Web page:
On March 1, 1992, he and Bam Bam Bigelow began teaming and won the IWGP Tag Team Championship from Hiroshi Hase and Keiji Mutoh. In May, Vader faced Mutoh, now known as The Great Muta, one on one and suffered a legitimate knee injury. This injury was a factor in he and Bigelow losing the title to WCW World Tag Team Champions, The Steiner Brothers, after a near four-month reign. This also marked a decrease in his NJPW appearances, as Vader began to focus almost entirely on WCW and the WCW World Heavyweight Championship.

Union of Wrestling Force International (1993-1995) Edit

In late February 1993, White signed an eight-date agreement with the Union of Wrestling Force International (UWFi), where he competed as Super Vader due to legal issues concerning the Big Van Vader name. By September 1993, he was simply known as Vader in the United States. He worked with UWFi for over two years. His greatest triumph under there was a victory in the Best of the World Tournament, which started April 3 and ended August 18, 1994. Vader first defeated Salman Hashimikov and then Masahito Kakihara in the quarterfinals. In the semifinals, Vader defeated Kiyoshi Tamura and beat Nobuhiko Takada in the finals to win the tournament and the UWFi World Title. He later left the promotion after a financial dispute. He later returned to WCW.

Return to NJPW (1996) Edit

At Wrestling World on January 4, Vader had his first post-WCW match, facing the man whose four-year winning streak Vader had ended over eight years ago, Antonio Inoki. Inoki was over 50 years old at the time, but the match lasted nearly fourteen minutes before Inoki won the match.

All Japan Pro Wrestling and Pro Wrestling Noah (1998–2002) Edit

After leaving the WWF, Vader went to AJPW. He formed a team with his old foe Stan Hansen, with whom he made it to the finals of the 1998 World's Strongest Tag Determination League, where they were defeated by Kenta Kobashi and Jun Akiyama. At the beginning of 1999, he became the number one contender to the Triple Crown by defeating Kobashi. He then won the (vacant) Triple Crown Title on March 6, 1999 by defeating Akira Taue. He then won the 1999 Champion Carnival. After Vader lost the Triple Crown to Misawa on May 2, he regained it on October 31. He then again lost it to Kobashi and took some time off.

After returning from his hiatus, Vader joined the new Japanese promotion Pro Wrestling NOAH (NOAH), where he won the GHC Tag Team Championship with 2 Cold Scorpio.

Return to AJPW (2011–2012)Edit

In the aftermath of the 2011 natural disasters in Japan, Vader and his son Jesse wrestled on special tribute cards for All Japan Pro Wrestling and Pro Wrestling Zero1. On December 7, 2012, Vader returned to All Japan Pro Wrestling, teaming with Keiji Mutoh and KENSO to defeat Bambi Killer, Franz Dynamite and Mazada in a six-man tag team match.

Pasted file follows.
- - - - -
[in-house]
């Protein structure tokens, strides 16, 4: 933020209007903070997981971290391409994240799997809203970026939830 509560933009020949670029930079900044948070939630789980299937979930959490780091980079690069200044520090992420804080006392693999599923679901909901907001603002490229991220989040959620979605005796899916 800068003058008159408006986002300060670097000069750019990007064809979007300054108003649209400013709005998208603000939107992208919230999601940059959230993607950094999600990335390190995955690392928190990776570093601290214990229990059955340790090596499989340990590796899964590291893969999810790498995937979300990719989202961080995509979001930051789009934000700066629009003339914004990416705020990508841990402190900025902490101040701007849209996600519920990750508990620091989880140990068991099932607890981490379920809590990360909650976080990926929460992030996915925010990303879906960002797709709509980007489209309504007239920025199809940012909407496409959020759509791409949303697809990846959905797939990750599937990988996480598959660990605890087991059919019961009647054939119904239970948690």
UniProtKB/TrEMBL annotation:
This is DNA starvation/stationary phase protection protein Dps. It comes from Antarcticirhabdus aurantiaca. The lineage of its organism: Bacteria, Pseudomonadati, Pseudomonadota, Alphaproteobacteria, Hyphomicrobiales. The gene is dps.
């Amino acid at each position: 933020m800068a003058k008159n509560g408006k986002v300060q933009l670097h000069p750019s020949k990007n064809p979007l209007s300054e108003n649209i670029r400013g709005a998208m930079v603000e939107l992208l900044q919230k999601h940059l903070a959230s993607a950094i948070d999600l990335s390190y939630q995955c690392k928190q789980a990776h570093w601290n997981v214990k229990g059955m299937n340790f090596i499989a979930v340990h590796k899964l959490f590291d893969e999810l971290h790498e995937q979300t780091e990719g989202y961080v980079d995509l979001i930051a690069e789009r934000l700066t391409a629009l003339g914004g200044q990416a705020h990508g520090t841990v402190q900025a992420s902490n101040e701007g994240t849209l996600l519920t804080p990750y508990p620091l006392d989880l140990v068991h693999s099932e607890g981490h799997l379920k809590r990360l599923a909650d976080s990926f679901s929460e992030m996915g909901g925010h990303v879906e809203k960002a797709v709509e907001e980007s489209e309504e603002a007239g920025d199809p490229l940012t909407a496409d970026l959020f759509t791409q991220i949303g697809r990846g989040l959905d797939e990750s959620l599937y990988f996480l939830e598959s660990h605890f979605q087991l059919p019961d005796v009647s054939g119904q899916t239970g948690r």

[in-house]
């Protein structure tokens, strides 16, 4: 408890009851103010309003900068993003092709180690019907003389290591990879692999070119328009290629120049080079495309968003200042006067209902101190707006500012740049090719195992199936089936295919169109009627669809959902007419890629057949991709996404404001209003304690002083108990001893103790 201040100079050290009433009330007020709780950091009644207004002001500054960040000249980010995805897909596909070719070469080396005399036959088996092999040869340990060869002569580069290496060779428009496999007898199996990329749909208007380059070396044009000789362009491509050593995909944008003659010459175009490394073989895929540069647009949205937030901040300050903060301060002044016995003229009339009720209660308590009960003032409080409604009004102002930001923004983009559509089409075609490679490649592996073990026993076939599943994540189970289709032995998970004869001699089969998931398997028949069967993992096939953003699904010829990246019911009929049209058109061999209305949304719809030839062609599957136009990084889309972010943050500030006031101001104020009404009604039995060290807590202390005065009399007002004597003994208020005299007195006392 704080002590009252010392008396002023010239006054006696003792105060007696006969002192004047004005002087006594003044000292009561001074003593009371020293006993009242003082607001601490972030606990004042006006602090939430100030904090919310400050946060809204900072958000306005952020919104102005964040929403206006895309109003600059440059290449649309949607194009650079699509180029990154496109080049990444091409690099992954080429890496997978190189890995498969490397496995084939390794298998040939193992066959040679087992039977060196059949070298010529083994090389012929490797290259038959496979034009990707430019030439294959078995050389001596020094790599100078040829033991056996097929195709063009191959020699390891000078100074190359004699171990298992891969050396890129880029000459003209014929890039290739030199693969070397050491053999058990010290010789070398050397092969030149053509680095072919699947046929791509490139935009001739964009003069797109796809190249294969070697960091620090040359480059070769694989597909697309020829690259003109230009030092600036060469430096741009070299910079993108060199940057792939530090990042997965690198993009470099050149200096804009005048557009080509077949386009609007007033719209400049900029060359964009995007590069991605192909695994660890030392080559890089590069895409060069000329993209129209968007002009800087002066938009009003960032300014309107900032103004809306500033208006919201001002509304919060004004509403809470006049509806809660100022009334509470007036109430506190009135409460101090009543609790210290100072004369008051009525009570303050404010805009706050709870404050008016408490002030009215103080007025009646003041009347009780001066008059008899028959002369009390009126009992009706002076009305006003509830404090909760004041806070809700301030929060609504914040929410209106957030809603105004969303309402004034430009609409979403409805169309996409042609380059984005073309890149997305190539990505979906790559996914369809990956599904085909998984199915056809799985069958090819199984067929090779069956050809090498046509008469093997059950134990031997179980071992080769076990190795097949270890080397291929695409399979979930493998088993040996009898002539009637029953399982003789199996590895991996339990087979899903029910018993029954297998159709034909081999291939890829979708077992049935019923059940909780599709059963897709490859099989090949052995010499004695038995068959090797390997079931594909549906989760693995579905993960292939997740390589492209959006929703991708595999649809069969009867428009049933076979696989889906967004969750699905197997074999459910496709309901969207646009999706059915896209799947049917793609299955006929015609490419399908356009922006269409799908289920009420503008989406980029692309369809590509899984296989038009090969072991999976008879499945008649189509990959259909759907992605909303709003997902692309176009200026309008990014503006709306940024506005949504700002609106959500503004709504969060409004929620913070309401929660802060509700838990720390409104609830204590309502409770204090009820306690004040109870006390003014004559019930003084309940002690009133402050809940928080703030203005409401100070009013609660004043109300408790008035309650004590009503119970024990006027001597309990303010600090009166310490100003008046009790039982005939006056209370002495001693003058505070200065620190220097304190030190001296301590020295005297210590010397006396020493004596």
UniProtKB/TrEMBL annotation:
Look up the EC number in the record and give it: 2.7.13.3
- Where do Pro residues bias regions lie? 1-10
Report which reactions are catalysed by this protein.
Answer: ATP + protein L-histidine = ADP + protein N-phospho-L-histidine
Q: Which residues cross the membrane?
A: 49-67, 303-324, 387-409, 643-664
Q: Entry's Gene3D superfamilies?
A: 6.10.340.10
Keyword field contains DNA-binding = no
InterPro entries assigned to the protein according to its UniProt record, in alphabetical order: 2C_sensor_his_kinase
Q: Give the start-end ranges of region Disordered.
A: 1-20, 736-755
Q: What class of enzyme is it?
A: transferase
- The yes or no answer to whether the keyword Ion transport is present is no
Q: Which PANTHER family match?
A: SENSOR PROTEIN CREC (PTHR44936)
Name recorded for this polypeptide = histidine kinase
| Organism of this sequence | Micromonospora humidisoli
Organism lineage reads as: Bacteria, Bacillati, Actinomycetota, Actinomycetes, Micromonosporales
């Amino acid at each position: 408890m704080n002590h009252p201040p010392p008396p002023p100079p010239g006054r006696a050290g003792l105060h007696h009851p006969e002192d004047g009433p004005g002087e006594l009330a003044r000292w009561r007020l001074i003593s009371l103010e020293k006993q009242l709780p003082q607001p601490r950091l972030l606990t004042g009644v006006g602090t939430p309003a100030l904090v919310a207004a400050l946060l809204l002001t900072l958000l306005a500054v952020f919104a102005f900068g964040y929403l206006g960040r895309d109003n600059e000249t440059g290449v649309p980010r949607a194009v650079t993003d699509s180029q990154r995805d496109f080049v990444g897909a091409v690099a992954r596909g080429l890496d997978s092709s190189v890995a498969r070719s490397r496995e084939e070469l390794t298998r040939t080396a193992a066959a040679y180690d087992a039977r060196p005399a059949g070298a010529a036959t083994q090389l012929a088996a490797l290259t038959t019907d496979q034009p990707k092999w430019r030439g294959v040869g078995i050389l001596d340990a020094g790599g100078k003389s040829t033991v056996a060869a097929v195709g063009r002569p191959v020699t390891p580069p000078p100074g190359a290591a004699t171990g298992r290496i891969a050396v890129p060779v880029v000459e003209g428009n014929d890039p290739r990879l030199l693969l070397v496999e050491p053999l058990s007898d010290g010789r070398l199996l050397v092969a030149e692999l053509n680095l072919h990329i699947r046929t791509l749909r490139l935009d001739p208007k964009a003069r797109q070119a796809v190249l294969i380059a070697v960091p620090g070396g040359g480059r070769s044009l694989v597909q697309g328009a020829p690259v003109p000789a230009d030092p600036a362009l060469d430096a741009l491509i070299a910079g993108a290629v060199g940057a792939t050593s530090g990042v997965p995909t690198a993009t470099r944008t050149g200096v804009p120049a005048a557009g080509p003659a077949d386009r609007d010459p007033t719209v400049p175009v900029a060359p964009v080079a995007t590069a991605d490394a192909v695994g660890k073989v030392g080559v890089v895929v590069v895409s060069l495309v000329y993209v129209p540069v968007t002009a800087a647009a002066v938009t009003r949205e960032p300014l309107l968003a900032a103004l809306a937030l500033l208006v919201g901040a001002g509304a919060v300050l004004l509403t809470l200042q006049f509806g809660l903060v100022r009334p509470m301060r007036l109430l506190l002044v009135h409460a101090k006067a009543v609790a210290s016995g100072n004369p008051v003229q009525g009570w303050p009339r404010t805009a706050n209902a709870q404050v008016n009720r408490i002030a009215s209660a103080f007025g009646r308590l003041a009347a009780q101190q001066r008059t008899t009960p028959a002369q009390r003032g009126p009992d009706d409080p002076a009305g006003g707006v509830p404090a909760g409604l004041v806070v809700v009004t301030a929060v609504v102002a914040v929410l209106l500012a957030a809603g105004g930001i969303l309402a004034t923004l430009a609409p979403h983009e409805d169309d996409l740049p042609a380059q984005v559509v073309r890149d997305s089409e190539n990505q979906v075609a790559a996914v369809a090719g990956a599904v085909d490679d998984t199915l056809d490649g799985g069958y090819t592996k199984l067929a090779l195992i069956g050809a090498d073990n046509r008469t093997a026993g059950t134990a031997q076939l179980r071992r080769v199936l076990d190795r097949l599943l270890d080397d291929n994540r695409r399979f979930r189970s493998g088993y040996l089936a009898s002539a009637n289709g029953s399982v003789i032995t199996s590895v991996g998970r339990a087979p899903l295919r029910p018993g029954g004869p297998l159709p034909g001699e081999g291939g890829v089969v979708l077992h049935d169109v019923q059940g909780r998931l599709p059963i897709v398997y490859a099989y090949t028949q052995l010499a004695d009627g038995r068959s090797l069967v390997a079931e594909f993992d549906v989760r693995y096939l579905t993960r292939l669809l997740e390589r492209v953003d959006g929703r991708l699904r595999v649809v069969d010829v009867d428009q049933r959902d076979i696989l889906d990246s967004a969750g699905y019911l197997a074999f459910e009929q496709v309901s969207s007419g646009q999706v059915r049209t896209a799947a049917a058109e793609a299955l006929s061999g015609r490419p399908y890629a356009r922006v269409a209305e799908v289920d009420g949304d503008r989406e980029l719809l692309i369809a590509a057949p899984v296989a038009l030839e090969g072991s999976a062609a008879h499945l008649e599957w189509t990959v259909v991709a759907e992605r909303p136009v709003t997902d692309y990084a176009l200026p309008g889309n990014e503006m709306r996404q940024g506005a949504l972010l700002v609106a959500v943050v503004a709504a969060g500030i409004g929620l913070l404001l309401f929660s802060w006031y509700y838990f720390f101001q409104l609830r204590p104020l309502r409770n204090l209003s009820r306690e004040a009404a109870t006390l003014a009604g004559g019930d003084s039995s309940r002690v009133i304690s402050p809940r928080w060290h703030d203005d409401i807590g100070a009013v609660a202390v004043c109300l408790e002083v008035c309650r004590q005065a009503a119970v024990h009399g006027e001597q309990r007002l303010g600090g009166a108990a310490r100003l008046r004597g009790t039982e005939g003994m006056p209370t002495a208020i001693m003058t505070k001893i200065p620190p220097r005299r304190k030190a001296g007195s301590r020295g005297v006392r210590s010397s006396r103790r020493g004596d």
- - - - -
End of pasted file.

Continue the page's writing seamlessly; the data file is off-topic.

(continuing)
Dradition (2017) Edit

On April 20, 2017, Vader made an appearance in Japan at Korakuen Hall as part of the Dradition show to celebrate the 45th anniversary of the debut of Tatsumi Fujinami. Following a six-man tag team match, Vader fell down to one knee and collapsed. Originally believed his collapse was due to dehydration, Vader posted on Twitter that he was dropped on his head during the match and that is what caused him to briefly pass out. He also said that it had nothing to do with his heart. Vader was able to walk backstage under his own power and he remained in Japan as he was scheduled to work two more shows in Fukuoka and Osaka. On April 22, Vader, Takuma Sano and Yoshiaki Fujiwara lost a six man tag team match to Koji Kanemoto, Shiro Koshinaka and Tatsumi Fujinami and his final match for the tour was on April 23 when Vader, Riki Choshu and Tatsumi Fujinami defeated Shiro Koshinaka, Takuma Sano and Yoshiaki Fujiwara.

In wrestling Edit

  • Finishing moves
    • Release powerbomb
    • Sky High Chokeslam Leg trap chokeslam, sometimes from the second rope)
    • Vader Bomb (Corner slingshot splash)
    • Vadersault (Moonsault)
  • Signature moves
    • Bearhug
    • Body avalanche
    • Chokeslam
    • Dropkick
    • Face Eraser (Wheelbarrow facebuster)
    • Forearm club
    • German suplex
    • Lariat sometimes from the top rope
    • Short-arm clothesline
    • Spinning backfist
    • Vader Attack (Running body block)
    • Vader Crush (Jumping splash, sometimes from the second rope)
    • Vader Hammer (Multiple forearm chops to a cornered opponent's head)
    • Vader Slam (Running powerslam)
  • Entrance themes
    • "Eyes of the World" by Rainbow

Championships and accomplishments Edit

Luchas de Apuestas record Edit

Winner (wager) Loser (wager) Location Event Date Notes
Kane (mask) Vader (mask) Milwaukee, Wisconsin Over the Edge May 31, 1998